• This most fundamental point was finally settled by a more delicate test, devised by Lord Kelvin, and carried out in conjunction with Joule (1854), which showed that the fundamental assumption W =H in isothermal expansion was very nearly true for permanent gases, and that F'(t) must therefore vary very nearly as J/T.

  • Kelvin had previously proposed to define an absolute scale of temperature independent of the properties of any particular substance in terms of Carnot's function by making F'(t) constant.

  • - William Thomson (Lord Kelvin), who wars the first to realize the importance of the absolute scale in thermodynamics, and the inadequacy of the test afforded by Boyle's law or by experiments on the constancy of the specific heat of gases, devised a more delicate and practical test, which he carried out successfully in conjunction with Joule.

  • This contains but a fragment of his scientific discoveries, but it is sufficient to put him in the very foremost rank, though its full value was not recognized until pointed out by Lord Kelvin in 1848 and 1849.

  • Lord Kelvin's experiment with a current of gas forced through a porous plug is also given.

  • Thomson (Lord Kelvin) to form a theory of vortex atoms in a homogeneous, incompressible and frictionless liquid."

  • (If the molecules of air at normal temperature and pressure were arranged in cubical order, the edge of each cube would be about 2.9 X I o - ' cms.; the average diameter of a molecule in air is 2.8X Io - 8 cms.) Further and very important evidence as to the nature of the gaseous state of matter is provided by the experiments of Joule and Kelvin.

  • - Slider of Kelvin Ampere Balance.

  • In addition, numerous other researches stand to Joule's credit - the work done in compressing gases and the thermal changes they undergo when forced under pressure through small apertures (with Lord Kelvin), the change of volume on solution, the change of temperature produced by the longitudinal extension and compression of solids, &c. It was during the experiments involved by the first of these inquiries that Joule was incidentally led to appreciate the value of surface condensation in increasing the efficiency of the steam engine.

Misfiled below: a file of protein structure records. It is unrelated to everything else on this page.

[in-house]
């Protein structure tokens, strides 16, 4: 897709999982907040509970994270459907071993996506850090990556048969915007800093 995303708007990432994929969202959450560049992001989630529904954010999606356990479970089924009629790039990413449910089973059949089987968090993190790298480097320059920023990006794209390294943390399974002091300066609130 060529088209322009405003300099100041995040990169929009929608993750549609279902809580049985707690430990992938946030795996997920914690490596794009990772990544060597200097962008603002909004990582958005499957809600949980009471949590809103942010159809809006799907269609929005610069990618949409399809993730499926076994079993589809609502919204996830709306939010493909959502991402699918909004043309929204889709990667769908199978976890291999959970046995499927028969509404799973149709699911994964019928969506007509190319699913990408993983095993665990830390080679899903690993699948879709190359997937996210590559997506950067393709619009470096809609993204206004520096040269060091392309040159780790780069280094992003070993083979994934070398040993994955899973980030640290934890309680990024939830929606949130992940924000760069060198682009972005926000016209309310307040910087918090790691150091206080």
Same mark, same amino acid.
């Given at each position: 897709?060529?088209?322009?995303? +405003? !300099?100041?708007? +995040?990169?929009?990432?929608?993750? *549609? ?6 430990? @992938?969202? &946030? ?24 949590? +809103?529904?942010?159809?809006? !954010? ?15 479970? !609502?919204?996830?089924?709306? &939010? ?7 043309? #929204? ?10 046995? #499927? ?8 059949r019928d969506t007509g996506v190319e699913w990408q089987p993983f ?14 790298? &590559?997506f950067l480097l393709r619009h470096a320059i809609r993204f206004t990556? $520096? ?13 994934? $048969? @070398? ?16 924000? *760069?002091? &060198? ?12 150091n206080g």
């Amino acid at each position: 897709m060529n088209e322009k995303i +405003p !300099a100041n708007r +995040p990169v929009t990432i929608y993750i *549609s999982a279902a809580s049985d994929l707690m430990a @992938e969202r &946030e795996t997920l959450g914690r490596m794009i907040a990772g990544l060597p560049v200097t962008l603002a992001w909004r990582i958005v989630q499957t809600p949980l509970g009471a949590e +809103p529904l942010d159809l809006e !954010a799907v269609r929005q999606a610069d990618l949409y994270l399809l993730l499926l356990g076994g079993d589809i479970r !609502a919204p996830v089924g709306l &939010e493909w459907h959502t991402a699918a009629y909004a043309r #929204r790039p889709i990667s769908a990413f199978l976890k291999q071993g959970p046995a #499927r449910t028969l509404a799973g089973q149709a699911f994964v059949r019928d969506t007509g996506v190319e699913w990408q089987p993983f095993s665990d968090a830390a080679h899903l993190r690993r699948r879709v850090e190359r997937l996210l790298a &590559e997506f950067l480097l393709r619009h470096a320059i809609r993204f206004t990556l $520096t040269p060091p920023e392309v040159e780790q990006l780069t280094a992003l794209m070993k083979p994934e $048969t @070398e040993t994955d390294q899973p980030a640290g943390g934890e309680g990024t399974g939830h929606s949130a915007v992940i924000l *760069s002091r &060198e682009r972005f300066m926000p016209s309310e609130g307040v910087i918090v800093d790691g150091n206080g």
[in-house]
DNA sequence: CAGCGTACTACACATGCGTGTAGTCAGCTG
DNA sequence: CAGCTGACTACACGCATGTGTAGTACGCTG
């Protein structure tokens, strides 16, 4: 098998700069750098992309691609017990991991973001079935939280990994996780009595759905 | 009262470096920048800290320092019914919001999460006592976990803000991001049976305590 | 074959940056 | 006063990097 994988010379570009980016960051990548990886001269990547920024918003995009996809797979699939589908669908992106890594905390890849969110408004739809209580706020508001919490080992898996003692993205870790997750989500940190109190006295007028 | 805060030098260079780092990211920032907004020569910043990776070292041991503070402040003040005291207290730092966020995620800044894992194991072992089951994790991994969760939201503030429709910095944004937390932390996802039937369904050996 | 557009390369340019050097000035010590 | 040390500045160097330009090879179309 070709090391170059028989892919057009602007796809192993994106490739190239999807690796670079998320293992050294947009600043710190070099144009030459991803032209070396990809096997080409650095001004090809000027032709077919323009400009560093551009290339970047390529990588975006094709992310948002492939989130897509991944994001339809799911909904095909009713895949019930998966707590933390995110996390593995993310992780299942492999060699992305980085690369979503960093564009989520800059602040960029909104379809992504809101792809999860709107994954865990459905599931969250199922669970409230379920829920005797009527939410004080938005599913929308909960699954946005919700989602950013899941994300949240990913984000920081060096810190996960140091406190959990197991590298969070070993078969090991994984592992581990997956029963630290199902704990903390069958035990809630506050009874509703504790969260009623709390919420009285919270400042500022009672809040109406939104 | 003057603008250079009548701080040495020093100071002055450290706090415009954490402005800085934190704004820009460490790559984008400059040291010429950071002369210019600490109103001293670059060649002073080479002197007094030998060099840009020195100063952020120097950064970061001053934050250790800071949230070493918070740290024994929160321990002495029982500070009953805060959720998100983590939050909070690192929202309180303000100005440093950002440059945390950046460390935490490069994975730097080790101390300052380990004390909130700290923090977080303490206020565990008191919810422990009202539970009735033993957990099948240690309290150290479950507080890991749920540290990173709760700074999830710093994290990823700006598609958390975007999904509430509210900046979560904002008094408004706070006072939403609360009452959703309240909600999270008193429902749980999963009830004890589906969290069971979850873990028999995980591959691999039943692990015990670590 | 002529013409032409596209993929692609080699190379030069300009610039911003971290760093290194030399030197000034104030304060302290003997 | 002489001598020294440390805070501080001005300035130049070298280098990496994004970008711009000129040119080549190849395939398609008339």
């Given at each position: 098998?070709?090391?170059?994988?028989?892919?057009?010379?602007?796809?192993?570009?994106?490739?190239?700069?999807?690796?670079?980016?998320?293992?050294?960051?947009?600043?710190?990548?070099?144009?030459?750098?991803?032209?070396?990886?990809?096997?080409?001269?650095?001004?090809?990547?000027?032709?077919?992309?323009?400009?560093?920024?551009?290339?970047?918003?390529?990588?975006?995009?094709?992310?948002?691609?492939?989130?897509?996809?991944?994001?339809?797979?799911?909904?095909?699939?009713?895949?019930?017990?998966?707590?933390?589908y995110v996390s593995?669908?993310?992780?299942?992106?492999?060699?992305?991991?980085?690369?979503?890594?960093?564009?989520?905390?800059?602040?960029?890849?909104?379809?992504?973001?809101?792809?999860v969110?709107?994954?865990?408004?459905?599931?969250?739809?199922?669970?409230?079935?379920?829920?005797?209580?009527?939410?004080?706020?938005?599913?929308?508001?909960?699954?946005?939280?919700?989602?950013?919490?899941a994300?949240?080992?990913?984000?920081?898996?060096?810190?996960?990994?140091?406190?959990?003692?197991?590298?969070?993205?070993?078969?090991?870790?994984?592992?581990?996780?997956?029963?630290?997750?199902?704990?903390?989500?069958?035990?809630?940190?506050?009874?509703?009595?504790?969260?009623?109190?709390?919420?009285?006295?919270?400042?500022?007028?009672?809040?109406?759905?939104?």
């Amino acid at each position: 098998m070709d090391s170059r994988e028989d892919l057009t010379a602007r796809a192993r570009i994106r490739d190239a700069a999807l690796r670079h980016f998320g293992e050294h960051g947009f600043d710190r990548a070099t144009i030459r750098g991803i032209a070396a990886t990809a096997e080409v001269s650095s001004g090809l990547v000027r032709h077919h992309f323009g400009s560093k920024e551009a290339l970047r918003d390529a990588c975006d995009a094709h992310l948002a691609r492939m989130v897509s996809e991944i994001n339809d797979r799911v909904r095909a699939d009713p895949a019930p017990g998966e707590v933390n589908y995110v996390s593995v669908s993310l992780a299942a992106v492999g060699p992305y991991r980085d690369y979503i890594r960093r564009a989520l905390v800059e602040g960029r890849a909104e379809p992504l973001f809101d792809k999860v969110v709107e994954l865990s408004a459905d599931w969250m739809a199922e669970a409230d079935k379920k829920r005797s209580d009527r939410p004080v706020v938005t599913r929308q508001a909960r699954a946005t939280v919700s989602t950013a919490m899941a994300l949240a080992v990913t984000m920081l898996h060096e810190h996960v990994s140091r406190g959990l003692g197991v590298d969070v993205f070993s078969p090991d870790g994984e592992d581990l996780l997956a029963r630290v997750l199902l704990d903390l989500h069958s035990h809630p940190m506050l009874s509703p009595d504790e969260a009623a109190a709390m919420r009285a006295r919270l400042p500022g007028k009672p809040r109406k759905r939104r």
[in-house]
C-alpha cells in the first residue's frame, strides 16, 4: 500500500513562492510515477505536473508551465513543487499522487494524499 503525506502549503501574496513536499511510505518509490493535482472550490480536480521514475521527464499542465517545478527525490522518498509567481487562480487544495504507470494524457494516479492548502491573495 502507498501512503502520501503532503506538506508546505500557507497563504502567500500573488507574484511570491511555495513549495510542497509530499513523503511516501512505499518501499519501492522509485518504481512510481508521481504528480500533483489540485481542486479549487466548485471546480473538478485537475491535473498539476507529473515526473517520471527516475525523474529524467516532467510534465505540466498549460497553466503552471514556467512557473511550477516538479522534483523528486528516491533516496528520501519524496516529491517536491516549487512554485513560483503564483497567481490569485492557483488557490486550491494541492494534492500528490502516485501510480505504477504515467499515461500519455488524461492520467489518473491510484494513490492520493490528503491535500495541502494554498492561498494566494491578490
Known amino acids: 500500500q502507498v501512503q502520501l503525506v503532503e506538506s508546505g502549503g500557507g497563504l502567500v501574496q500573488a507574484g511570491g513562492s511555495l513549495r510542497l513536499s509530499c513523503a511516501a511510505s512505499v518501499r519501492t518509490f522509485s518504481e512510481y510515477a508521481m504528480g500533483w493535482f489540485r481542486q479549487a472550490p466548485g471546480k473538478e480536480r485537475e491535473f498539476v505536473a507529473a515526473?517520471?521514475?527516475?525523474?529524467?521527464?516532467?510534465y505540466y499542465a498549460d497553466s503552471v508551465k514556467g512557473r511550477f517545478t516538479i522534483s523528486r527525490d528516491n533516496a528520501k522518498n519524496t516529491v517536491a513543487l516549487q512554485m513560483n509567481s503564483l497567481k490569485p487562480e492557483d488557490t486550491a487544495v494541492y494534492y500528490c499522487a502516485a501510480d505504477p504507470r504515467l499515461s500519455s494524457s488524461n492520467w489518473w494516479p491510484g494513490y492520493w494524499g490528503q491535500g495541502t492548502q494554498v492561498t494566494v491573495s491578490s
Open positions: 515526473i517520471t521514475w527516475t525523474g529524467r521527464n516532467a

• His results, according to Kelvin, led directly and speedily to the present practical method of surface-condensation, one of the most important improvements of the steam engine, especially for marine use, since the days of James Watt.

  • Thomson (Lord Kelvin) and P. G.

  • This description, quoted from James Clerk Maxwell's article in the 9th edition of the Encyclopaedia Britannica, represents the historical position of the subject up till about 1860, when Maxwell began those constructive speculations in electrical theory, based on the influence of the physical views of Faraday and Lord Kelvin, which have in their subsequent development largely transformed theoretical physics into the science of the aether.